Albert Pujols says he's not worried about his homerless streak because "home runs come in bunches." But is there any truth to the cliche?
If you’ve paid any attention to the 2012 season, you know that Albert Pujols has yet to hit a home run. The three-time MVP, fresh off the first homerless month of his career, is hitting just .208/.252/.287 with career-worst walk and strikeout rates. Jered Weaver’s no-hitter last night temporarily deflected some attention away from Albert’s struggles. But while Weaver mowed down Minnesota, Pujols’ homerless streak was extended to 107 plate appearances, ensuring that scrutiny of his every swing will only intensify once the no-hitter hubbub dies down.
Pujols averaged 39 home runs for the Cardinals over the past five seasons. After factoring in some age-related decline and the difficulty of hitting home runs from the right side in Angel Stadium, PECOTA projected him to hit 33 in 2012. The probability that a 33-home-run hitter would go homerless over 107 plate appearances by chance alone is just .3 percent. Either Pujols has been extremely unlucky, he’s declined more quickly than PECOTA expected, or he’s pressing at the plate.
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Can a player's performance one week have any predictive power on how he will perform during the next week?
Full disclosure: I have never really played fantasy baseball, at least in a serious or semi-serious capacity, prior to this season. My lack of participation had nothing to do with ulterior motives like taking a stance against W-L and batting average. I just never got into it. Well, things have changed and, in deciding to try my hand at the massively popular game, I am finding that certain tendencies have awoken that I believed were trained out of my baseball vernacular long ago. For instance, it is becoming increasingly tempting to drop a player after a poor week in exchange for a player in the midst of a hot streak. I mean, I knowJeff Francoeur isn’t going to hit .438/.583/.839, but my goodness, if I had that production or even some semblance of it instead of the .250/.345/.333 from Andrew McCutchen, I might have won both of my matchups so far.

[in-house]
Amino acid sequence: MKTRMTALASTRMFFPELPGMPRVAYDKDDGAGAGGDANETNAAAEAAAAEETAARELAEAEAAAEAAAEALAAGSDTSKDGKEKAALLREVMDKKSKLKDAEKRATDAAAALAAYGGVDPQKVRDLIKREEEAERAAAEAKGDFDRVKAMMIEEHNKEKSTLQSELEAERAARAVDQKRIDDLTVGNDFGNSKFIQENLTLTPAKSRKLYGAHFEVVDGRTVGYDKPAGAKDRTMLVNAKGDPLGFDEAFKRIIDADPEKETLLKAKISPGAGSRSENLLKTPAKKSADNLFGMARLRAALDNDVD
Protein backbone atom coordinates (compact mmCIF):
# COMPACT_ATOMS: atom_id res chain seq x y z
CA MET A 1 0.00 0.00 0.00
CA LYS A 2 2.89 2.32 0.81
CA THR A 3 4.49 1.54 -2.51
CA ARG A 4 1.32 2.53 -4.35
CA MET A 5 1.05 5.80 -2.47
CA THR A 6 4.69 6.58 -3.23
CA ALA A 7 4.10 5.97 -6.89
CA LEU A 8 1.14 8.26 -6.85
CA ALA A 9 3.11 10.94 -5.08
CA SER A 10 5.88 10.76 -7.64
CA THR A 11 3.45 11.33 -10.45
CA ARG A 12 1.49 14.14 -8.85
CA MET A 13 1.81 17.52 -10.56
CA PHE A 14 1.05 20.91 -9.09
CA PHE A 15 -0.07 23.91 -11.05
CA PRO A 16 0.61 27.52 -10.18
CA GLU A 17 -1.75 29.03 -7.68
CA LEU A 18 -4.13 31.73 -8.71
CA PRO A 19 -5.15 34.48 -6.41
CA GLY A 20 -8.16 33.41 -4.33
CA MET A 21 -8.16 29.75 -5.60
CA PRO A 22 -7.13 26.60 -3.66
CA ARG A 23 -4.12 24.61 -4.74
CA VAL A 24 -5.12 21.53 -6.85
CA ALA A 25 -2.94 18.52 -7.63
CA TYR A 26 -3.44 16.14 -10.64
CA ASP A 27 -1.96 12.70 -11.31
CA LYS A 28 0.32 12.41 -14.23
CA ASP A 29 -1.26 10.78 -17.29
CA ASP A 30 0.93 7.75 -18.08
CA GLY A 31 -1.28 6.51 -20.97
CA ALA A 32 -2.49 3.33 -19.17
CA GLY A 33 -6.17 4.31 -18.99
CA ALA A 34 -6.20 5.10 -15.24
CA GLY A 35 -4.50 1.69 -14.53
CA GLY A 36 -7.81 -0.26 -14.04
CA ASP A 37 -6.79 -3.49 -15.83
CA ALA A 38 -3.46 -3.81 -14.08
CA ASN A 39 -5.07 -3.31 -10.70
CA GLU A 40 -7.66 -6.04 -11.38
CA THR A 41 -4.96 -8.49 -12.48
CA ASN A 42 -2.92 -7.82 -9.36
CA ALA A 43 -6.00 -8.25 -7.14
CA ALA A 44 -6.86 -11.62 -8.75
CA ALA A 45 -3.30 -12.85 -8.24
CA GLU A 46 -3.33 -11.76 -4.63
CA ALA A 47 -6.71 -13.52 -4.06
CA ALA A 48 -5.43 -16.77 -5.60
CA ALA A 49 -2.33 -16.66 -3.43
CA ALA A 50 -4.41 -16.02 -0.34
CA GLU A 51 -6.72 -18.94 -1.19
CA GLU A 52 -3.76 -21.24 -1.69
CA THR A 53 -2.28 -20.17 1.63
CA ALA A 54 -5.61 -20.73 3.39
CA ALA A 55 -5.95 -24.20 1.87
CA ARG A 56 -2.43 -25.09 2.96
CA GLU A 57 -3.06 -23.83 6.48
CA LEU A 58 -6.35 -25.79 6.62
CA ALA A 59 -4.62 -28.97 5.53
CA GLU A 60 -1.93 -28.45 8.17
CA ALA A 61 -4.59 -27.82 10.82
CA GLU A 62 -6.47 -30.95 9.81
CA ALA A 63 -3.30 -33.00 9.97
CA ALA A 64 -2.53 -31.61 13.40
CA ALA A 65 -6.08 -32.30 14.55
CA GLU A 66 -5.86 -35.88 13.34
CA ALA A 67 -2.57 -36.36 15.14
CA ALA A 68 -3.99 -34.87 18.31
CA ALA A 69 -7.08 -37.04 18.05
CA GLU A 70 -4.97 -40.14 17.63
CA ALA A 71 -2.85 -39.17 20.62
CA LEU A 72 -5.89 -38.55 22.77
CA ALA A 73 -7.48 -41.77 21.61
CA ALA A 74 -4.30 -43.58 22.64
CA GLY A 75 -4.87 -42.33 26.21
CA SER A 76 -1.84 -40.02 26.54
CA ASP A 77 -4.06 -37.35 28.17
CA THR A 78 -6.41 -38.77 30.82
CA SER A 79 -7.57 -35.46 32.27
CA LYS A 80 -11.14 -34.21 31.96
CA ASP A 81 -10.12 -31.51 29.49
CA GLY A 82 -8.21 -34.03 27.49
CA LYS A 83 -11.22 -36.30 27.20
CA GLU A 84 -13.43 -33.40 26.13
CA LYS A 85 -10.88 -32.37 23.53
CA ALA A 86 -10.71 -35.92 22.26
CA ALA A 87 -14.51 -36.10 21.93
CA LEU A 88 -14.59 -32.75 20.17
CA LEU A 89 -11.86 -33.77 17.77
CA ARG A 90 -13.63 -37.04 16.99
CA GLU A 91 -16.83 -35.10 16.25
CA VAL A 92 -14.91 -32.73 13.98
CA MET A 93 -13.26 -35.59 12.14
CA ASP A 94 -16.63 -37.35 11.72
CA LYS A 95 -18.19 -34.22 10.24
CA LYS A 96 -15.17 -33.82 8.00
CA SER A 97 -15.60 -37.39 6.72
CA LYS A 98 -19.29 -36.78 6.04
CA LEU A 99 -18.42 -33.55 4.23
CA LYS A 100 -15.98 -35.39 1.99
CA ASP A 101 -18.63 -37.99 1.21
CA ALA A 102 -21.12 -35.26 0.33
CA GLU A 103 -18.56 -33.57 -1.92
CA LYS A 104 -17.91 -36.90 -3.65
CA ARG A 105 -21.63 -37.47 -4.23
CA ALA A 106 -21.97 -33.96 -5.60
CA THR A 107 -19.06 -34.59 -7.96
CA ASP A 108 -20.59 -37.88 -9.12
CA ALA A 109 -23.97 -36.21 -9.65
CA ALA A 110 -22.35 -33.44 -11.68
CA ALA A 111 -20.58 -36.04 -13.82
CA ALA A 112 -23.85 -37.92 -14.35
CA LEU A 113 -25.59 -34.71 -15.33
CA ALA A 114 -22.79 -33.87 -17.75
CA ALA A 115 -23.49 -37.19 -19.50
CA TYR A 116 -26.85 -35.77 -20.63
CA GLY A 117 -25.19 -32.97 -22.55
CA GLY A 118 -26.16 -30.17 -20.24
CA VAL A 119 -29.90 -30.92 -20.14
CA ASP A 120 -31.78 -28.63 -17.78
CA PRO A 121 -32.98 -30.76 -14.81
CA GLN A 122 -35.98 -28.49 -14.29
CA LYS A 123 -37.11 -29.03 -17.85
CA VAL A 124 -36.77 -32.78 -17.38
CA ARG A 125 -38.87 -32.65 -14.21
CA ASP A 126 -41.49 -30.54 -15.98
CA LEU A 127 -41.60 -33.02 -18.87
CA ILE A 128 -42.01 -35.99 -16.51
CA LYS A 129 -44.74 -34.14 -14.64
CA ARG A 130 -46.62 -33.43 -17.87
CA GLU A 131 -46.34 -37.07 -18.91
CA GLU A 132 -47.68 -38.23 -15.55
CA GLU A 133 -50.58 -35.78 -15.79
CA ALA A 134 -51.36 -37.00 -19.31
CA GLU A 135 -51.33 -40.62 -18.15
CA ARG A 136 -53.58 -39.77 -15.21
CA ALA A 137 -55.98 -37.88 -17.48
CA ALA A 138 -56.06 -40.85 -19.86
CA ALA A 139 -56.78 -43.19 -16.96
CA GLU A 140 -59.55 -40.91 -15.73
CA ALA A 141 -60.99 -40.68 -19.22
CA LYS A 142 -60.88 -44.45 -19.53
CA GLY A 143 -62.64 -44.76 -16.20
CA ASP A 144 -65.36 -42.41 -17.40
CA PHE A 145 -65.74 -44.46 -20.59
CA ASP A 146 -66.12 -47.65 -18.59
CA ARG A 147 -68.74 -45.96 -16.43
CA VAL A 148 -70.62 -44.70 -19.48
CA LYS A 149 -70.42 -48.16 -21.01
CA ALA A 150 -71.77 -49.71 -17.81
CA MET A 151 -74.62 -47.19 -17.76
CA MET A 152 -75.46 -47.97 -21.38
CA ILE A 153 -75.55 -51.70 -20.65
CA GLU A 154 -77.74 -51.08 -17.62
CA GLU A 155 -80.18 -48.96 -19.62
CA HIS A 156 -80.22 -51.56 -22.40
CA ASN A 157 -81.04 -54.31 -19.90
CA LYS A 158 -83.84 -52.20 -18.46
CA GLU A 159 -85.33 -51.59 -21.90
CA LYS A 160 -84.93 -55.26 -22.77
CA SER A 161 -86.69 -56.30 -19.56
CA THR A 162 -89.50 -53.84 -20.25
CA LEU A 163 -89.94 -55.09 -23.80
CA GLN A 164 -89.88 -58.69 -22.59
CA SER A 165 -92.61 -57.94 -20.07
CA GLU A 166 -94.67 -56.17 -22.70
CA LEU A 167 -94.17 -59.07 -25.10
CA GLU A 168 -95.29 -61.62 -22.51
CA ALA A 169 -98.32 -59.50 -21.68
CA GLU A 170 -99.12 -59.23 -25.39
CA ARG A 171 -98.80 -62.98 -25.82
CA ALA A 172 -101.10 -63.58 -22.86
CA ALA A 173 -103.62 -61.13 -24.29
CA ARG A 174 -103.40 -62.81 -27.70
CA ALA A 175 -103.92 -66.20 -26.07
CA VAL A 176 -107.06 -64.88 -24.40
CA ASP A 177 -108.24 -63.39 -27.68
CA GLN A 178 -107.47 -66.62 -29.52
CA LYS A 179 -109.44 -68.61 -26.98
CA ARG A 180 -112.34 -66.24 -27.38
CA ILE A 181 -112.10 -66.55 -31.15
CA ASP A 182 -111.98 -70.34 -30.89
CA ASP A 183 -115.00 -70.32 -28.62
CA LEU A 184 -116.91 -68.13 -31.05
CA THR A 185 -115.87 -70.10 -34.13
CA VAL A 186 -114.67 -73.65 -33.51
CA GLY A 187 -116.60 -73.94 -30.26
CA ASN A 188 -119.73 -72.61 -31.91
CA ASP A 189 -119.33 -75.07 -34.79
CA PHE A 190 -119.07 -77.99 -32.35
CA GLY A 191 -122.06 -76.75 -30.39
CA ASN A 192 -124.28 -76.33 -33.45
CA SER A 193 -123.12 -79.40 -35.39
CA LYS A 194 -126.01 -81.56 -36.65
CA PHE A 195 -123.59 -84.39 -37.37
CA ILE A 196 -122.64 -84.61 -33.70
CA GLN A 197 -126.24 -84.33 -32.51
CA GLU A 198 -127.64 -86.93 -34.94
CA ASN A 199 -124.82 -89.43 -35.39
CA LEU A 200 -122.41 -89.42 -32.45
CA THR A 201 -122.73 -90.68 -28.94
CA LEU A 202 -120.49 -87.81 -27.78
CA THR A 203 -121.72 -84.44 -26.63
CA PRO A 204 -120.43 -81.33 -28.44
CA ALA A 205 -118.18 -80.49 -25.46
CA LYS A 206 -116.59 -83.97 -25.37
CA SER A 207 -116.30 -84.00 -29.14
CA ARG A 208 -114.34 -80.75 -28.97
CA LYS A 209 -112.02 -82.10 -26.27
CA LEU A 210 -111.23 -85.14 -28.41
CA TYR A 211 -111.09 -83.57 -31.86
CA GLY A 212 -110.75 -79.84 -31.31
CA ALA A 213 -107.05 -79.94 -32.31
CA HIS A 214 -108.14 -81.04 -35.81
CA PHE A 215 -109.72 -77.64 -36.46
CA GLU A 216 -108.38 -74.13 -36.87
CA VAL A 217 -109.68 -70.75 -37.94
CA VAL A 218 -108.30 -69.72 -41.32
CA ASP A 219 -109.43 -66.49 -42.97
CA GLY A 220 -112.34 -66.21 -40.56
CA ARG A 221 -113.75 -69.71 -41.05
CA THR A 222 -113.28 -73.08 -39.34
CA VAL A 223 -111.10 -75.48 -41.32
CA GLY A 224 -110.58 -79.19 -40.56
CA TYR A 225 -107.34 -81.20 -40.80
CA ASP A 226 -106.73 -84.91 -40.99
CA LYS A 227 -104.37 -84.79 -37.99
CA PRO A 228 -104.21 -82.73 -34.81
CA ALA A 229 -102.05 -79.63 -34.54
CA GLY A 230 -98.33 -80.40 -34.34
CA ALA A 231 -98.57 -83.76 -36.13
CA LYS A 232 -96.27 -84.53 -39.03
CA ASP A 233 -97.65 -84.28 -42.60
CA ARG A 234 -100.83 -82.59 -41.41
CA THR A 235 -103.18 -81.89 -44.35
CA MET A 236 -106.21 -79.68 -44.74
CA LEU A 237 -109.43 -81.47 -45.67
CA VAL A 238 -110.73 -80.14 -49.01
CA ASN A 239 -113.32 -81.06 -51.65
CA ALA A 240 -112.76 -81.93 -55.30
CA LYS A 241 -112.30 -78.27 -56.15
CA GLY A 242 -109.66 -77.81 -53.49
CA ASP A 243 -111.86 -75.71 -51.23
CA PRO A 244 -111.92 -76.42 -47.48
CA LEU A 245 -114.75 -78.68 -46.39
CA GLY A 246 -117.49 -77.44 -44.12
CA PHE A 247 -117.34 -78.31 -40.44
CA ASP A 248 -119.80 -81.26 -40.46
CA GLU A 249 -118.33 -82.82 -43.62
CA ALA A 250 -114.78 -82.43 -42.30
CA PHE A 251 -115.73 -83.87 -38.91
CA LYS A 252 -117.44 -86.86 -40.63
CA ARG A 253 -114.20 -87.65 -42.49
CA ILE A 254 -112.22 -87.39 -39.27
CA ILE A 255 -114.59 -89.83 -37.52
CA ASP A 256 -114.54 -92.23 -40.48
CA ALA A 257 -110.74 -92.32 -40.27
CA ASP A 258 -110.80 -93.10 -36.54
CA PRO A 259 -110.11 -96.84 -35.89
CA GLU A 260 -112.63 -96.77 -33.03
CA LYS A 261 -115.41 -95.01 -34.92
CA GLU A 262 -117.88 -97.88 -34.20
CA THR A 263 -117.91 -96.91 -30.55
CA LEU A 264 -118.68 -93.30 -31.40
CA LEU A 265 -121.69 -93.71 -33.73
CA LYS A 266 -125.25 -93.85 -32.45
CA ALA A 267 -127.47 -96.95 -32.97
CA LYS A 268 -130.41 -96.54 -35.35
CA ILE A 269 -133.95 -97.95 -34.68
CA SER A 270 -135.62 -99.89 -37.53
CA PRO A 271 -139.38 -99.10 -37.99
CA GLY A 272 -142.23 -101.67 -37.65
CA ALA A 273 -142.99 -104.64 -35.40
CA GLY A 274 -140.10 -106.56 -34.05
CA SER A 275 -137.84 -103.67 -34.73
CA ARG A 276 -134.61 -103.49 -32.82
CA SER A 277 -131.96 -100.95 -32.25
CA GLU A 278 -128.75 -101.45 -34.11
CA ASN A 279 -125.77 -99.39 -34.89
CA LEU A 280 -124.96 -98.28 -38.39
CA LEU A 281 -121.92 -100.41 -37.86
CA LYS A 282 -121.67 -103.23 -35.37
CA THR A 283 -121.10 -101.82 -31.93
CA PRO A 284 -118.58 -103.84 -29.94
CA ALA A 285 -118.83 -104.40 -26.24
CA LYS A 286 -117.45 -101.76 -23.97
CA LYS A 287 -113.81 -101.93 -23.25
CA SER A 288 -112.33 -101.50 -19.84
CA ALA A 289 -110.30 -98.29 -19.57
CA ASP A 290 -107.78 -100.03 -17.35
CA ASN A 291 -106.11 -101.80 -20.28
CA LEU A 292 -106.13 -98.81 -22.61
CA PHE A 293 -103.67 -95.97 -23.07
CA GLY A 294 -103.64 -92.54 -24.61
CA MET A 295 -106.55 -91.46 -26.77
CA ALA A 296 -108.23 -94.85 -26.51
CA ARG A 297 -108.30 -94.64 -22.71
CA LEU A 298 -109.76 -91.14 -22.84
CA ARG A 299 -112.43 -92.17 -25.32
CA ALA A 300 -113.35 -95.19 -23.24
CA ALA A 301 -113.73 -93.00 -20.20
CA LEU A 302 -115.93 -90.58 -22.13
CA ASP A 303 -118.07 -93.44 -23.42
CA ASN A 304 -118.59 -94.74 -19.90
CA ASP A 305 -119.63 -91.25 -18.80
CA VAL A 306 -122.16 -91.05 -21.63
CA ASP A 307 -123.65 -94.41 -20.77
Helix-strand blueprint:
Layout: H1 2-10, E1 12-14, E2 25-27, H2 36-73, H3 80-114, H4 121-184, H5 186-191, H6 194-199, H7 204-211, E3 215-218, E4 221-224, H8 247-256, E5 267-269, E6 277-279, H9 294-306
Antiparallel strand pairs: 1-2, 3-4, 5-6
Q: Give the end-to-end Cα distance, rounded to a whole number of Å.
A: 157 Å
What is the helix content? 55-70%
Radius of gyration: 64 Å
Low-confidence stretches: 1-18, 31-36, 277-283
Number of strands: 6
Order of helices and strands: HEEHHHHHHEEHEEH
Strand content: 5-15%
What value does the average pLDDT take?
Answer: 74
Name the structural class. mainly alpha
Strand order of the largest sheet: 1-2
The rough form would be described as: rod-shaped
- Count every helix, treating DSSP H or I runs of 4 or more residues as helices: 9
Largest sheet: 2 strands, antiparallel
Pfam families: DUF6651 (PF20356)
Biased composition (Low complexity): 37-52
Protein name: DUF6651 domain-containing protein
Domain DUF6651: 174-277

Putting a big chill on the hot-hand theory of player performance at the plate.
Flash forward to July, 2010, as Prince Fielder is being interviewed after a Brewers win. Fielder has just gone 4-for-5 with two home runs, and the announcers tell Fielder that he’s gone 9-for-his-last-12 over the past few days. Fielder says, "Yeah, I’ve been feeling great and seeing the ball really clearly the past few days. Some days, you just see the ball better than others."
Ryan Zimmerman's recent flurry of safeties leads to a question over what other recent streaks we might have overlooked.
Back in 2007, fans of the Seattle Mariners were given free rides aboard the Wild and Wacky Weaver Wagon. On any given night, they had no idea whether the Jeff Weaver toeing the rubber would resemble the Mr. Hyde who had been victimized by 50 hits and a 14.32 RA in his first 22 innings of work, or the good Dr. Jekyll with the 3.10 RA and 1.26 WHIP over his next nine outings. As Weaver aptly demonstrated throughout that roller-coaster campaign, baseball is a game of streaks, with players fusing together stretches both hot and cold before arriving at their statistical bottom lines. Scan the game logs for any player in any season and you are bound to find spurts in which a Pujols hits like a Theriot, and vice-versa. In spite of their prominence, though, streaks can be very detrimental by distracting fans from actual production levels, and a little annoying as they tend to go unnoticed when not bookending a season.